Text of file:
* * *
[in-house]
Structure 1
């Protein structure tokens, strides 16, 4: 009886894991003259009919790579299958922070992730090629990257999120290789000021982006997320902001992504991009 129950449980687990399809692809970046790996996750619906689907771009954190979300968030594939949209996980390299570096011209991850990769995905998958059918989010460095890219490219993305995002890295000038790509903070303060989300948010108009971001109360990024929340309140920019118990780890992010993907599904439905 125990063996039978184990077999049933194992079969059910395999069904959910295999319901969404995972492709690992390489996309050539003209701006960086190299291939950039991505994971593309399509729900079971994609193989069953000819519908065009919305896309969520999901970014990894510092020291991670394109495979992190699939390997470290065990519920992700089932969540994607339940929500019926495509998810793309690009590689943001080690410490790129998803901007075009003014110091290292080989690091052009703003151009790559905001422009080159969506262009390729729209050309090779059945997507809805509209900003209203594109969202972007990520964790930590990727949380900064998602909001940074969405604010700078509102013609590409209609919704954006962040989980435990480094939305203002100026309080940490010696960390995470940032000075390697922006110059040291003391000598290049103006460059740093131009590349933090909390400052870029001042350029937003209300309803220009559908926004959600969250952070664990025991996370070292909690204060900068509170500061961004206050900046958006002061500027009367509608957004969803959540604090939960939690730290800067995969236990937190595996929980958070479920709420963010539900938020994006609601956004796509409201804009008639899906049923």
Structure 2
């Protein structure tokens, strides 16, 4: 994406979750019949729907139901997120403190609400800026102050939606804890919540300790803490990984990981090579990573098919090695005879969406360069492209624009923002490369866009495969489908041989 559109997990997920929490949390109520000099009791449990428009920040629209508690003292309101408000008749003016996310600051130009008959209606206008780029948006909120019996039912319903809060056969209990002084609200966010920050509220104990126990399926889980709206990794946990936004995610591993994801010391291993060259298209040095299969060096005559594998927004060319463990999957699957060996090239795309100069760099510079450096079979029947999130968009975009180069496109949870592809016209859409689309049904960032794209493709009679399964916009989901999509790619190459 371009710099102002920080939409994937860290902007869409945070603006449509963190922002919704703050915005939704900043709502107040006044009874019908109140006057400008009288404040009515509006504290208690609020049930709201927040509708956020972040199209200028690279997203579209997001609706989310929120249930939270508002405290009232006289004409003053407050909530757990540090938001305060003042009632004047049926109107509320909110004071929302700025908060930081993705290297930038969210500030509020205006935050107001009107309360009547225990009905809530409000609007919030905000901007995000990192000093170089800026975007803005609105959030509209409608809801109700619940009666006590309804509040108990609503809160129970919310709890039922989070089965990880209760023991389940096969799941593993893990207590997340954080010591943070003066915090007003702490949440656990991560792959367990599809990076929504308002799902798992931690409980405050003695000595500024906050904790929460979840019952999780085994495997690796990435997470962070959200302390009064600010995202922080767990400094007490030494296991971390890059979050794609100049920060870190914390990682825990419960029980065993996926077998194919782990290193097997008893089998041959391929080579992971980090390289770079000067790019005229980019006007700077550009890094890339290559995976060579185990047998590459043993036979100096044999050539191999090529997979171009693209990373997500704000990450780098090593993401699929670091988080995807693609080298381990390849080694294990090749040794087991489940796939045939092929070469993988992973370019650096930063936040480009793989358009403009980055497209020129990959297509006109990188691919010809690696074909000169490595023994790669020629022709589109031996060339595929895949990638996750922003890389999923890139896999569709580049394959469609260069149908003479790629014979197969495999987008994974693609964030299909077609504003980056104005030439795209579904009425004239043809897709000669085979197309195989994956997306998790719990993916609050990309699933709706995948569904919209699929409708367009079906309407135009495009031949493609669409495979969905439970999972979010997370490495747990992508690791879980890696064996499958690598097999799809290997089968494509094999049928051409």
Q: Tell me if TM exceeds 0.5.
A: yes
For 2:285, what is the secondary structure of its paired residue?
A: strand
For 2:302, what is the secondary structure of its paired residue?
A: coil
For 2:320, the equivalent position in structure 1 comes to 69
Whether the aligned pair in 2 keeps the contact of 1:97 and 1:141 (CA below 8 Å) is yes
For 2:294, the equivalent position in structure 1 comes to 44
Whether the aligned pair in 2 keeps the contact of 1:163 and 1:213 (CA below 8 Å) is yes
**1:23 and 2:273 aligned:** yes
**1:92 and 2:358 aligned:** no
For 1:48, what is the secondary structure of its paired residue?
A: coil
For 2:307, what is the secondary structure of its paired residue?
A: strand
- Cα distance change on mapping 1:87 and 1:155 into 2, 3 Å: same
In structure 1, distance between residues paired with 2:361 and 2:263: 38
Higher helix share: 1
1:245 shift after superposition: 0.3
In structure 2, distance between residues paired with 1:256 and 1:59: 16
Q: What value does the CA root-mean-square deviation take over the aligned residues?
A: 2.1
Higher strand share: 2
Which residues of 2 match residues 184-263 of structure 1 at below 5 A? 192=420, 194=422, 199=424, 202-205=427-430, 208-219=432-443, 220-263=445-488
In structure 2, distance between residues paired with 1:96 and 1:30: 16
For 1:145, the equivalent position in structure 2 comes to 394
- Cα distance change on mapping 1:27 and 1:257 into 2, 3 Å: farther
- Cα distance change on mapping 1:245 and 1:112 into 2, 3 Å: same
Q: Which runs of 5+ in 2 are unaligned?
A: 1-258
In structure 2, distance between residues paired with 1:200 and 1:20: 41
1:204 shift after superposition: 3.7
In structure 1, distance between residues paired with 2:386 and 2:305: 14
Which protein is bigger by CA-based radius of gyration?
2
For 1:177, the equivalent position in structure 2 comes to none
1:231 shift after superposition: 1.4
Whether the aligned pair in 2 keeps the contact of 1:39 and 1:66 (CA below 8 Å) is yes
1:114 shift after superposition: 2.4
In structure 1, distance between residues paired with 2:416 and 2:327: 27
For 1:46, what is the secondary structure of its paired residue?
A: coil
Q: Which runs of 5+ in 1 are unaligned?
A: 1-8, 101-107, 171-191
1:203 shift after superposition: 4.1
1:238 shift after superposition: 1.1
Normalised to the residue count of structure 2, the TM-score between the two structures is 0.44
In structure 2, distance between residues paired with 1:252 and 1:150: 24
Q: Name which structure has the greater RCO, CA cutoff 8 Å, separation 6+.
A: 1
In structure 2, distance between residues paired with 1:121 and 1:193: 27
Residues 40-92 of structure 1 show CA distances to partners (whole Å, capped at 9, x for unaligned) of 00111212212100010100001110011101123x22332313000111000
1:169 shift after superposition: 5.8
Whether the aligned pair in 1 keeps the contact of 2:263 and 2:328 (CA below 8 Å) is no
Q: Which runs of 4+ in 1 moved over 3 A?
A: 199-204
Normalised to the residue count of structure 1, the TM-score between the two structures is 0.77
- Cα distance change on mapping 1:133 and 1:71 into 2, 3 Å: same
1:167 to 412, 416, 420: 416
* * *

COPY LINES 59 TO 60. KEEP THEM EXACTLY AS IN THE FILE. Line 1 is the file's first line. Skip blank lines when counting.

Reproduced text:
1:169 shift after superposition: 5.8
Whether the aligned pair in 1 keeps the contact of 2:263 and 2:328 (CA below 8 Å) is no